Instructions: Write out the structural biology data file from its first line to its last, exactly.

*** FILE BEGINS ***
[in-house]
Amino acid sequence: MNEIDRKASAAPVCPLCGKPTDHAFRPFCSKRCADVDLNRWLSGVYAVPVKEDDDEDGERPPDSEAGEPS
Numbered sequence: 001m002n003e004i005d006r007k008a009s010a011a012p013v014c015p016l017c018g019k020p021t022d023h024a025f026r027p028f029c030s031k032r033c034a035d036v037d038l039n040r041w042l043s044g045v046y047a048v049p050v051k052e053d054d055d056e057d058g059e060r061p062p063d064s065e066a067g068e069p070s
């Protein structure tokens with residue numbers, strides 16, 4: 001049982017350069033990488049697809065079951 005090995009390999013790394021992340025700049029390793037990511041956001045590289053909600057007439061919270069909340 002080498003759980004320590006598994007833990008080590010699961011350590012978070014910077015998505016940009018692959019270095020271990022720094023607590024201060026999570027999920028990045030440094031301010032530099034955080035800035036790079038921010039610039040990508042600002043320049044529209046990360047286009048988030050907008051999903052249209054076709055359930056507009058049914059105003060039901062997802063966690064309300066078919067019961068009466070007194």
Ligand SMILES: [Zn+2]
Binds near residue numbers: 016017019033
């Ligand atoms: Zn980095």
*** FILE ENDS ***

[in-house]
Amino acid sequence: MNEIDRKASAAPVCPLCGKPTDHAFRPFCSKRCADVDLNRWLSGVYAVPVKEDDDEDGERPPDSEAGEPS
Numbered sequence: 001m002n003e004i005d006r007k008a009s010a011a012p013v014c015p016l017c018g019k020p021t022d023h024a025f026r027p028f029c030s031k032r033c034a035d036v037d038l039n040r041w042l043s044g045v046y047a048v049p050v051k052e053d054d055d056e057d058g059e060r061p062p063d064s065e066a067g068e069p070s
């Protein structure tokens with residue numbers, strides 16, 4: 001049982017350069033990488049697809065079951 005090995009390999013790394021992340025700049029390793037990511041956001045590289053909600057007439061919270069909340 002080498003759980004320590006598994007833990008080590010699961011350590012978070014910077015998505016940009018692959019270095020271990022720094023607590024201060026999570027999920028990045030440094031301010032530099034955080035800035036790079038921010039610039040990508042600002043320049044529209046990360047286009048988030050907008051999903052249209054076709055359930056507009058049914059105003060039901062997802063966690064309300066078919067019961068009466070007194």
Ligand SMILES: [Zn+2]
Binds near residue numbers: 016017019033
């Ligand atoms: Zn980095």